Front fork braze-on bolts

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fastpedaller
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Joined: 10 Jul 2014, 1:12pm
Location: Norfolk

Re: Front fork braze-on bolts

Postby fastpedaller » 28 Jun 2020, 6:38pm

Brucey wrote:
fastpedaller wrote:Hmm - that's an interesting concept, what can be used as a 'stopping material'?


simplest and easiest is 'TippEx' or similar. Most braze alloys won't wet onto it, regardless of the flux used.

cheers

Well that's weird - I wouldn't have thought of that, and surprised it can take the heat without disappearing.
Reminds me of an incident many years ago...... had painted some steel with simple red oxide spray paint, and subsequently needed to heat the steel up to red hot. The paint survived fully intact. One day I ought to try this with with 'high temp exhaust paint' to see if it lives up to the marketing hype!

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horizon
Posts: 10173
Joined: 9 Jan 2007, 11:24am
Location: Cornwall

Re: Front fork braze-on bolts

Postby horizon » 2 Jul 2020, 9:59am

531colin wrote:
oneten wrote:….. Now here's my question. Is the hole on each side of the fork blade tapped with a right hand thread (requiring a short standard bolt to wind in from each side) or is it threaded to receive one long bolt all the way through and out the other side?...….

horizon wrote:
oneten wrote: Perhaps I am missing something obvious here ?

Possibly in that since the inner arm of the rack must be held in place, there has to be a screw thread on each side. AIUI, they are both right hand threads so I suppose that that is your answer - one long screw won't do it.


Here is a little experiment. Find a nut and bolt. Remove the nut and turn it over; will it screw onto the bolt?


What threw me :oops: was discounting using a nut (strange, given that that is exactly what I've done on my rear rack) but then trying to visualise two opposing threads (which of course are or can be actually part of the same thread). :oops: And no, I don't work in Halfords.

The good news is that on a Spa Tourer the threads are indeed in line and in phase (but then you knew that perhaps? :wink:).

Any views on whether a long bolt is better or worse than two short bolts?
When the pestilence strikes from the East, go far and breathe the cold air deeply. Ignore the sage, stay not indoors. Ho Ri Zon 12th Century Chinese philosopher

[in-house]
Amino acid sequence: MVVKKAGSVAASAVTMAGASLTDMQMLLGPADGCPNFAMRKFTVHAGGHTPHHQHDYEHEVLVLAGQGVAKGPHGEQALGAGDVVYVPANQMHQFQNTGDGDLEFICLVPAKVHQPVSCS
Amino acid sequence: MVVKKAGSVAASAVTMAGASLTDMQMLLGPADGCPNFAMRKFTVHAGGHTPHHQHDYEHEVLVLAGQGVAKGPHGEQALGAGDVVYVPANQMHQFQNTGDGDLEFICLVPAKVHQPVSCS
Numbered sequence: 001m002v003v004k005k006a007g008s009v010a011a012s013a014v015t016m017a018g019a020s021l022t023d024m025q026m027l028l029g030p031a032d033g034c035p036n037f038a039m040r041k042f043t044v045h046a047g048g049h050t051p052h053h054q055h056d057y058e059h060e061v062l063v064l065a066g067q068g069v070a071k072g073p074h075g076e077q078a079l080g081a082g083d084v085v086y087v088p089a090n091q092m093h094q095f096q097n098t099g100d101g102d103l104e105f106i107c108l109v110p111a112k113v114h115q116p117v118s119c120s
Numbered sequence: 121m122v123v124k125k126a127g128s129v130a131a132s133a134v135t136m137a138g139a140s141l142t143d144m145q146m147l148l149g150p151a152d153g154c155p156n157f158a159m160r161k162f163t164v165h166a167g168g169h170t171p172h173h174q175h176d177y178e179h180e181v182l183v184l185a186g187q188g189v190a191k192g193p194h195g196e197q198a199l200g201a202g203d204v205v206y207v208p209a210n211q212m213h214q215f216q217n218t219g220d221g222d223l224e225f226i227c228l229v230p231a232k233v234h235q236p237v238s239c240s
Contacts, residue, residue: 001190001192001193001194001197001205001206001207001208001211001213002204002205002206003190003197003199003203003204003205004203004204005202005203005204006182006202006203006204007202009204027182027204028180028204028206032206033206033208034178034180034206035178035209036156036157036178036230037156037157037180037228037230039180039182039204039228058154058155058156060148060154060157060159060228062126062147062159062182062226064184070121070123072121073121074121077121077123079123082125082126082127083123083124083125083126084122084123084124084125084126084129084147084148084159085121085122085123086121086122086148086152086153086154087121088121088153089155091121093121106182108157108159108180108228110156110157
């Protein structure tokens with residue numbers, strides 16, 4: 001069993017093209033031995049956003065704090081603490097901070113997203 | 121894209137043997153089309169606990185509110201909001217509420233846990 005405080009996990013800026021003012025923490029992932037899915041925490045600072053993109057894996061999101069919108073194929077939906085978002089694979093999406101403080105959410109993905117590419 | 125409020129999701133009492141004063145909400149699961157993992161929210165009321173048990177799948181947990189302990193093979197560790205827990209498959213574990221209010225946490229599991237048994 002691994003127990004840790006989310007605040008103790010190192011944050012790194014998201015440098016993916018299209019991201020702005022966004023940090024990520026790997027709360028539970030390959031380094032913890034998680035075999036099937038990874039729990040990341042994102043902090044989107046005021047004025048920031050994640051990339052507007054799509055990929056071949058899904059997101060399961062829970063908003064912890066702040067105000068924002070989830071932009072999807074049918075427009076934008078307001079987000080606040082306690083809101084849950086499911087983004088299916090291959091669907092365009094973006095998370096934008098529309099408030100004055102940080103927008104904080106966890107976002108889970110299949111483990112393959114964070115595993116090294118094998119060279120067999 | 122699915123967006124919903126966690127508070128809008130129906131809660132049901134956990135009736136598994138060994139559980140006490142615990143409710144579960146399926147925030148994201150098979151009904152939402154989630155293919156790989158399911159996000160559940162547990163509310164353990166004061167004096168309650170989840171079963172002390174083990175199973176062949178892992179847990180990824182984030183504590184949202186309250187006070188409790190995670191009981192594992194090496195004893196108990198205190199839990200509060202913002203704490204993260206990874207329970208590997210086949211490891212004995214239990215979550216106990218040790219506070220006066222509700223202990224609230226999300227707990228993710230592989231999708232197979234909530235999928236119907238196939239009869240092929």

Brucey
Posts: 39500
Joined: 4 Jan 2012, 6:25pm

Re: Front fork braze-on bolts

Postby Brucey » 2 Jul 2020, 4:19pm

fastpedaller wrote:
Brucey wrote:
fastpedaller wrote:Hmm - that's an interesting concept, what can be used as a 'stopping material'?


simplest and easiest is 'TippEx' or similar. Most braze alloys won't wet onto it, regardless of the flux used.

cheers

Well that's weird - I wouldn't have thought of that, and surprised it can take the heat without disappearing.
Reminds me of an incident many years ago...... had painted some steel with simple red oxide spray paint, and subsequently needed to heat the steel up to red hot. The paint survived fully intact. One day I ought to try this with with 'high temp exhaust paint' to see if it lives up to the marketing hype!


IIRC tipp-ex is white because of its Ti Oxide content. Ti Oxide is pretty inert/unwettable and there is precious little binder in the mix (which burns/volatalises); the result is that tipp-ex makes a pretty good stop-off material.

cheers
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~~~~~~~~~~~~~~~~~~~~~~Brucey~~~~~~~~~~~~~~~~~~~~~~~~

Jdsk
Posts: 884
Joined: 5 Mar 2019, 5:42pm

Re: Front fork braze-on bolts

Postby Jdsk » 2 Jul 2020, 6:19pm

Thanks, I was wondering why it worked.

Composition:
http://www.staples.co.uk/Content/Static/pdf/2017/10/297781020.pdf

Jonathan

Brucey
Posts: 39500
Joined: 4 Jan 2012, 6:25pm

Re: Front fork braze-on bolts

Postby Brucey » 2 Jul 2020, 7:21pm

thanks for posting the link to the data sheet. Reading down the list

Ti Dioxide -that's the white stuff which is inert at high temperatures and doesn't wet easily with braze metal
Napthas- solvents that evaporate (they used to use Trich for this)
Acetate- binder to hold it all together, less than 1%
Carbon Black- Dunno what that is doing there! A thought; maybe the product is otherwise 'too white' and a bad match for most paper (which has tiny black flecks in it when examined under a microscope)…?

cheers
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531colin
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Joined: 4 Dec 2009, 6:56pm
Location: North Yorkshire

Re: Front fork braze-on bolts

Postby 531colin » 3 Jul 2020, 12:47pm

horizon wrote:….The good news is that on a Spa Tourer the threads are indeed in line and in phase (but then you knew that perhaps? :wink:).

Any views on whether a long bolt is better or worse than two short bolts?

No, I didn't know that!
For the fitting, I would go with Brucey's recommendation here.....basically a long stud all the way through fixed with threadlock so the (nylock) nuts each side work independently, but with the best possible support/fixing for the stud.
Brucey wrote:FWIW I have fitted mid-blade low-rider braze-ons in exactly the way Colin describes, i.e. 'in phase' with one another (no central spacer tube) using a length of M5 studding (coated in a suitable stop-off material) to fixture them during brazing.

A similar result can be achieved by brazing one threaded and one unthreaded fitting into the fork; after brazing an M5 tap is run through the threaded fitting and provided the tap is long enough to engage with both sides at once, the new thread in the previously untapped fitting must be in phase too.

A long bolt or studding can be used to secure the rack. A low-strength threadlock can be used to hold the studding in position, making the use of nylocks easier on the racks.

cheers